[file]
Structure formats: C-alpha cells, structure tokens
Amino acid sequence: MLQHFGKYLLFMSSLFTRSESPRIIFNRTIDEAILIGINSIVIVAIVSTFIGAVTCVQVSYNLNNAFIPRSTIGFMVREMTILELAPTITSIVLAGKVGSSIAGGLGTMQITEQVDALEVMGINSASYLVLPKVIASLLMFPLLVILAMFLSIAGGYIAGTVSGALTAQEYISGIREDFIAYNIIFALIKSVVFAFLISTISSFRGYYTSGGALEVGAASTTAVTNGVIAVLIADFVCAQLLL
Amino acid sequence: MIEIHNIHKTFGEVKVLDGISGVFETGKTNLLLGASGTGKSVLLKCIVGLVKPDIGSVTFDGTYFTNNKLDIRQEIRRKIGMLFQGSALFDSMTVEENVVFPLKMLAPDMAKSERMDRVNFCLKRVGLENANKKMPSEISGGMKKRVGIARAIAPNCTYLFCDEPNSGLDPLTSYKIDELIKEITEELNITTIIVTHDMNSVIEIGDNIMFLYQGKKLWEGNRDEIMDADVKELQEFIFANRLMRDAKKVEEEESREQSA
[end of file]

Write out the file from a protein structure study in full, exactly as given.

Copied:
Structure formats: C-alpha cells, structure tokens
Amino acid sequence: MLQHFGKYLLFMSSLFTRSESPRIIFNRTIDEAILIGINSIVIVAIVSTFIGAVTCVQVSYNLNNAFIPRSTIGFMVREMTILELAPTITSIVLAGKVGSSIAGGLGTMQITEQVDALEVMGINSASYLVLPKVIASLLMFPLLVILAMFLSIAGGYIAGTVSGALTAQEYISGIREDFIAYNIIFALIKSVVFAFLISTISSFRGYYTSGGALEVGAASTTAVTNGVIAVLIADFVCAQLLL
Amino acid sequence: MIEIHNIHKTFGEVKVLDGISGVFETGKTNLLLGASGTGKSVLLKCIVGLVKPDIGSVTFDGTYFTNNKLDIRQEIRRKIGMLFQGSALFDSMTVEENVVFPLKMLAPDMAKSERMDRVNFCLKRVGLENANKKMPSEISGGMKKRVGIARAIAPNCTYLFCDEPNSGLDPLTSYKIDELIKEITEELNITTIIVTHDMNSVIEIGDNIMFLYQGKKLWEGNRDEIMDADVKELQEFIFANRLMRDAKKVEEEESREQSA